Kaymer has two wins, including the U.S. Open, so he's certainly a threat, but all eyes will really be on Rory McIlroy, who has won two tournaments in a row, including the Open Championship. So good is McIlroy that golf legend Jack Nicklaus openly praised him to Bob Harig of ESPN:
I think Rory is an unbelievable talent. I love his swing, I love his rhythm, I love his moxie. He's got a little swagger there, it's a little bit cocky but not offensive. I like that. I like the self-confidence in a young man. He's got an unbelievable amount of speed in his golf swing, he obviously hits the ball a heck of a long way. And he hits in there consistently and how he controls it.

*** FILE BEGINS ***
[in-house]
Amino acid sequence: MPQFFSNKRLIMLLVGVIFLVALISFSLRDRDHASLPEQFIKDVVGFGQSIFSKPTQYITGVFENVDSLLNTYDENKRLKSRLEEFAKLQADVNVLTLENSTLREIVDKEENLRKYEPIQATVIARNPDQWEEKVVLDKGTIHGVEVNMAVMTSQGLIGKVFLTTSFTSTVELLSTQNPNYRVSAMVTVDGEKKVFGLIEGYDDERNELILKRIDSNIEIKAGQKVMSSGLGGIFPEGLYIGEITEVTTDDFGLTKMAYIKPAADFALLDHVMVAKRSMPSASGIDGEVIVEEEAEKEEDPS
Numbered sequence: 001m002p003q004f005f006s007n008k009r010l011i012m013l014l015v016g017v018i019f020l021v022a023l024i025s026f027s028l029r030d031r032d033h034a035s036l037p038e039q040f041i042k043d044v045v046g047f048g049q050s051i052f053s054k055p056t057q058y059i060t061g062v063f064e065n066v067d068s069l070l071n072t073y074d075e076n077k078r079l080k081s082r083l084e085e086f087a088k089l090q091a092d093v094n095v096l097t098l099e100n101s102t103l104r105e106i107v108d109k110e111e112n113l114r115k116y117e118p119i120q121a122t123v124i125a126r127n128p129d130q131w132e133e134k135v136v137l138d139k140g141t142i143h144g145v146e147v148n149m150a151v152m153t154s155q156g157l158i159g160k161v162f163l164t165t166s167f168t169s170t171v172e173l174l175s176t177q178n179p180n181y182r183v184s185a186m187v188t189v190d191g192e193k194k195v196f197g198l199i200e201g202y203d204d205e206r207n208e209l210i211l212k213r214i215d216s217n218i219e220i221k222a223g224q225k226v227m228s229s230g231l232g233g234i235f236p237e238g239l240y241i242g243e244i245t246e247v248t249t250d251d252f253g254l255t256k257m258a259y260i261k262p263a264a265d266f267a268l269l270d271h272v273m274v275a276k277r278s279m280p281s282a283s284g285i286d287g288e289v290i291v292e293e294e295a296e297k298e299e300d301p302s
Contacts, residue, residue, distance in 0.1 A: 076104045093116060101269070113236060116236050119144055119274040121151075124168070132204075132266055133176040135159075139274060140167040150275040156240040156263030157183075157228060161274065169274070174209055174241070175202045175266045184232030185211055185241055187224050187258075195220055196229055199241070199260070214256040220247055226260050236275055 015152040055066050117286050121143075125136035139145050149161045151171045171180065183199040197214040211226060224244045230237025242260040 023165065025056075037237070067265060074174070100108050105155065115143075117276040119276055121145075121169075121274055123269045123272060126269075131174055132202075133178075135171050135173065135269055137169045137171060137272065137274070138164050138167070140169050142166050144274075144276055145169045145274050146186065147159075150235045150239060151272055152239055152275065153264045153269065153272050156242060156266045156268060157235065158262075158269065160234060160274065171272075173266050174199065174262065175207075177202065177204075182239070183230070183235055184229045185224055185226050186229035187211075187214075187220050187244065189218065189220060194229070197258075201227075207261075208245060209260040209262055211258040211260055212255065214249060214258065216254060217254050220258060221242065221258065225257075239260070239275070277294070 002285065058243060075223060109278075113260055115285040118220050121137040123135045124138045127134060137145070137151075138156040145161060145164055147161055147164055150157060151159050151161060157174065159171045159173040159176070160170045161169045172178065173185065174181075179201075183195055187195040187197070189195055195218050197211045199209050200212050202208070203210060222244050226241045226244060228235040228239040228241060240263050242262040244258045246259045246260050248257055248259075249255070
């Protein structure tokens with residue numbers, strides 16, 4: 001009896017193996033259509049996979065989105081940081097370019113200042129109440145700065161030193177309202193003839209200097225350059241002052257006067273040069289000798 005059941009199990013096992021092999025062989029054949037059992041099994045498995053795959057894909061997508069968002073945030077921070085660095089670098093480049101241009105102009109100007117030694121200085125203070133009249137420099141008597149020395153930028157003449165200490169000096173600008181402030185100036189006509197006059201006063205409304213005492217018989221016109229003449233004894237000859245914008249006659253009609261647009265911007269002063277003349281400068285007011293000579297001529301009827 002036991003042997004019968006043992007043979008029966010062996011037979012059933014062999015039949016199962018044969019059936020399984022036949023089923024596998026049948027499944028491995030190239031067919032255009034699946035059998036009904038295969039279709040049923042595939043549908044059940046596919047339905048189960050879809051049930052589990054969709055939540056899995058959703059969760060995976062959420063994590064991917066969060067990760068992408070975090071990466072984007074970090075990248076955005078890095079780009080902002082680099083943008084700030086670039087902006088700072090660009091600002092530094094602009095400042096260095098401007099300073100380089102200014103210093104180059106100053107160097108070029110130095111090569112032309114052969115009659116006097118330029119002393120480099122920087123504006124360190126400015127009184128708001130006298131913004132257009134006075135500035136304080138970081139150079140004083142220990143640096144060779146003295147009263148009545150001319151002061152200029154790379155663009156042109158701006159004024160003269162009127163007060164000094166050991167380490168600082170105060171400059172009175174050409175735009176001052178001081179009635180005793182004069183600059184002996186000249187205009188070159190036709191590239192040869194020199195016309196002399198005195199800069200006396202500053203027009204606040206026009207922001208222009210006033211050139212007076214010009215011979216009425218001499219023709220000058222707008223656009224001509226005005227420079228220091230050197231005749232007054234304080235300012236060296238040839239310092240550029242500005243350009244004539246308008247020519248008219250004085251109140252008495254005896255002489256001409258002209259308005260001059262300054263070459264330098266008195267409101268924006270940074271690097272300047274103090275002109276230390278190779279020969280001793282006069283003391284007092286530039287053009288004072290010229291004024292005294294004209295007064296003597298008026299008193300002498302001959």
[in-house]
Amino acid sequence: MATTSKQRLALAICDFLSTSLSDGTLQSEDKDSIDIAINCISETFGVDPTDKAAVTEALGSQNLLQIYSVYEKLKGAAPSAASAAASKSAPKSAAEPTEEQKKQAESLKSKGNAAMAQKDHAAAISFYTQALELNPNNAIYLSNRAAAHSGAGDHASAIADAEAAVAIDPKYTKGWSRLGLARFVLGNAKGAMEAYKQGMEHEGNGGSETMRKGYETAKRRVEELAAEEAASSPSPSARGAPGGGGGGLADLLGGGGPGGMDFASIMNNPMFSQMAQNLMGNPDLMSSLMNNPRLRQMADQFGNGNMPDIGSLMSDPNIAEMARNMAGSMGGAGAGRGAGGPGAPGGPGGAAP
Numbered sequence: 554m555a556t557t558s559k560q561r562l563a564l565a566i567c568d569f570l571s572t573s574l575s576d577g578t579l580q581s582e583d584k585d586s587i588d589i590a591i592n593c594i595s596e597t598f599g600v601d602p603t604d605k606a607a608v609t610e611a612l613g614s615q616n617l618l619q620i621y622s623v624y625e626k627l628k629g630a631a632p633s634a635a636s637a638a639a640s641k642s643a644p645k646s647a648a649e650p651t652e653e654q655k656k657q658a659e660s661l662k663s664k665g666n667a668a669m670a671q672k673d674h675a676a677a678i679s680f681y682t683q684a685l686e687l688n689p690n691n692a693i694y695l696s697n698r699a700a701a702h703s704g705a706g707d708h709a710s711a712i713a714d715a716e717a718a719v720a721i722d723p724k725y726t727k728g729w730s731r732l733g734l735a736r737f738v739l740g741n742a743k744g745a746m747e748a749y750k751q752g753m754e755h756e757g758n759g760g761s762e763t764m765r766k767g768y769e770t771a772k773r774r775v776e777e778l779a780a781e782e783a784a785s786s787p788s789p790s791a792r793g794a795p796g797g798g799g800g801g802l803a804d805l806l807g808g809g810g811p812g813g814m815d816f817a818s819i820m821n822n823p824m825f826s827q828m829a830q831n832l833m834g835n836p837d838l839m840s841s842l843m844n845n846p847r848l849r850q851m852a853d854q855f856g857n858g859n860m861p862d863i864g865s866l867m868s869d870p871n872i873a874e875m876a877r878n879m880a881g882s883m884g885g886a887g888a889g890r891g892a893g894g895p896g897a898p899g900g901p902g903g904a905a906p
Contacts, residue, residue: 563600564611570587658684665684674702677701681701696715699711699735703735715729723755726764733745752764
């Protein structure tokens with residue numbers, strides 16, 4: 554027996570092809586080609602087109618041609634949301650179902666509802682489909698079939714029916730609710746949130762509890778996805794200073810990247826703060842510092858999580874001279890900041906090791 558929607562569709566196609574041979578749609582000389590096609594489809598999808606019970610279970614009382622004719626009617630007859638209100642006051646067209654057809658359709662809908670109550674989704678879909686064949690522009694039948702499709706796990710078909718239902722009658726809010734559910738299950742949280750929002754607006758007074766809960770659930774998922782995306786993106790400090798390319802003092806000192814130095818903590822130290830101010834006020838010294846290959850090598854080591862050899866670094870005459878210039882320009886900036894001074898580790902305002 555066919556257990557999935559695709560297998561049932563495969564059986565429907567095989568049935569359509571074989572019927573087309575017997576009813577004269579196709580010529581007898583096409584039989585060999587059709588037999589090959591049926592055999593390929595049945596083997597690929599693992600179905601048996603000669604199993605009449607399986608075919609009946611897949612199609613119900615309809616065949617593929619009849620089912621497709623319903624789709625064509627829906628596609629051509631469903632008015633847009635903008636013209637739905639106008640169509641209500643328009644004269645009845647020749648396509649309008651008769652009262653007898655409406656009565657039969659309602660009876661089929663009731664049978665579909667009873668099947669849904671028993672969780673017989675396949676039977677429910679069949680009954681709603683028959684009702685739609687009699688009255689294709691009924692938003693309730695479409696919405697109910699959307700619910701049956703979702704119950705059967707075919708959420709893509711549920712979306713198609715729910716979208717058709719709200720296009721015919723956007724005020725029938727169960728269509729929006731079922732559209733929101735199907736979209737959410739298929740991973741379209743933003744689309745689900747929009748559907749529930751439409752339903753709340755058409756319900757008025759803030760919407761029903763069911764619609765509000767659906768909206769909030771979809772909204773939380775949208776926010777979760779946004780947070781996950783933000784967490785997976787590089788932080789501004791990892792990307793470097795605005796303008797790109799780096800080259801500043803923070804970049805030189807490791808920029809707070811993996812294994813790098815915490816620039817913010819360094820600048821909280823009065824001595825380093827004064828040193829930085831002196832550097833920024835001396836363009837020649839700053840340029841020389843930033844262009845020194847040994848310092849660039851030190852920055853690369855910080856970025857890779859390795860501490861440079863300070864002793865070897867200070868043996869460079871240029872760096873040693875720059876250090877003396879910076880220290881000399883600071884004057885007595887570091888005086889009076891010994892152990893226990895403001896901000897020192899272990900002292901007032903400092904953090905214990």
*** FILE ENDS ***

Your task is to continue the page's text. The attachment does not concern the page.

It depends on what he feels his priorities are, and that's his call. I think Rory has an opportunity to win 15 or 20 majors or whatever he wants to do if he wants to keep playing. But you just don't know what the guy's priorities are going to be in life 10 years from now.
If you needed any indication as to why McIlroy should be the favorite in this tournament, you just got it. When a golfing icon like Nicklaus heaps such high praise on a player, you listen and take notes. The McIlroy Era appears to have indeed begun.
Of course, not everyone agrees McIlroy will win this tournament. Matt Willis of ESPN, for example, studied trends and statistics of past winners to determine the most likely winner this year. His conclusion: Patrick Reed will reign supreme.
That would almost assuredly get him on the Ryder Cup team, but it's hard to see anybody beating McIlroy right now, with the most likely contenders to do so being Scott and Rose.
Still, at the majors, you just never know. A mysterious contender could emerge from the shadows. Woods could be trolling us all with his back issues. Lefty could rediscover his mojo.
It's all up in the air. And it's all terribly exciting.